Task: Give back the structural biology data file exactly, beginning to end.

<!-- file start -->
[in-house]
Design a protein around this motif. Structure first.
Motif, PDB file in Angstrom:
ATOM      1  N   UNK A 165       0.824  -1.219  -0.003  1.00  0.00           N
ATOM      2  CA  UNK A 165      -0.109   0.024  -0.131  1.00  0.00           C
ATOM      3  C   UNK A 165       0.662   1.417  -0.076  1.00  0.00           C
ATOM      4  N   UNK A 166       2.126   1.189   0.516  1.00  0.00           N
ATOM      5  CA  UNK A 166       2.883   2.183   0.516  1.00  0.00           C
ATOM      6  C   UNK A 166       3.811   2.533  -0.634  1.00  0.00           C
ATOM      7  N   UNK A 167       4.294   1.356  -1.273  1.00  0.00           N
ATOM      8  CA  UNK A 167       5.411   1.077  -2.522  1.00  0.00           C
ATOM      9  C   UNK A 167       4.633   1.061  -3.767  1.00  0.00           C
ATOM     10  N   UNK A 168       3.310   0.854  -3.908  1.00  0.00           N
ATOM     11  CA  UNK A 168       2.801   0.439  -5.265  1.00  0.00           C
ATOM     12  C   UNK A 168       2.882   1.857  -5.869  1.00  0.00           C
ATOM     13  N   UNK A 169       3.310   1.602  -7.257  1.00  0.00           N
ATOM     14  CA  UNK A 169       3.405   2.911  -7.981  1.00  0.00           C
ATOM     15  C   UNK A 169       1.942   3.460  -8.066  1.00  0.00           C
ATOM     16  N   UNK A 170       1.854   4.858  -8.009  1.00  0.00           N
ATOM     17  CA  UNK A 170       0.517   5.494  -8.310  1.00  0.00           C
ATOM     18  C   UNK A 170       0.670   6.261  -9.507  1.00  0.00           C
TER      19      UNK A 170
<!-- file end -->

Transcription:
[in-house]
Design a protein around this motif. Structure first.
Motif, PDB file in Angstrom:
ATOM      1  N   UNK A 165       0.824  -1.219  -0.003  1.00  0.00           N
ATOM      2  CA  UNK A 165      -0.109   0.024  -0.131  1.00  0.00           C
ATOM      3  C   UNK A 165       0.662   1.417  -0.076  1.00  0.00           C
ATOM      4  N   UNK A 166       2.126   1.189   0.516  1.00  0.00           N
ATOM      5  CA  UNK A 166       2.883   2.183   0.516  1.00  0.00           C
ATOM      6  C   UNK A 166       3.811   2.533  -0.634  1.00  0.00           C
ATOM      7  N   UNK A 167       4.294   1.356  -1.273  1.00  0.00           N
ATOM      8  CA  UNK A 167       5.411   1.077  -2.522  1.00  0.00           C
ATOM      9  C   UNK A 167       4.633   1.061  -3.767  1.00  0.00           C
ATOM     10  N   UNK A 168       3.310   0.854  -3.908  1.00  0.00           N
ATOM     11  CA  UNK A 168       2.801   0.439  -5.265  1.00  0.00           C
ATOM     12  C   UNK A 168       2.882   1.857  -5.869  1.00  0.00           C
ATOM     13  N   UNK A 169       3.310   1.602  -7.257  1.00  0.00           N
ATOM     14  CA  UNK A 169       3.405   2.911  -7.981  1.00  0.00           C
ATOM     15  C   UNK A 169       1.942   3.460  -8.066  1.00  0.00           C
ATOM     16  N   UNK A 170       1.854   4.858  -8.009  1.00  0.00           N
ATOM     17  CA  UNK A 170       0.517   5.494  -8.310  1.00  0.00           C
ATOM     18  C   UNK A 170       0.670   6.261  -9.507  1.00  0.00           C
TER      19      UNK A 170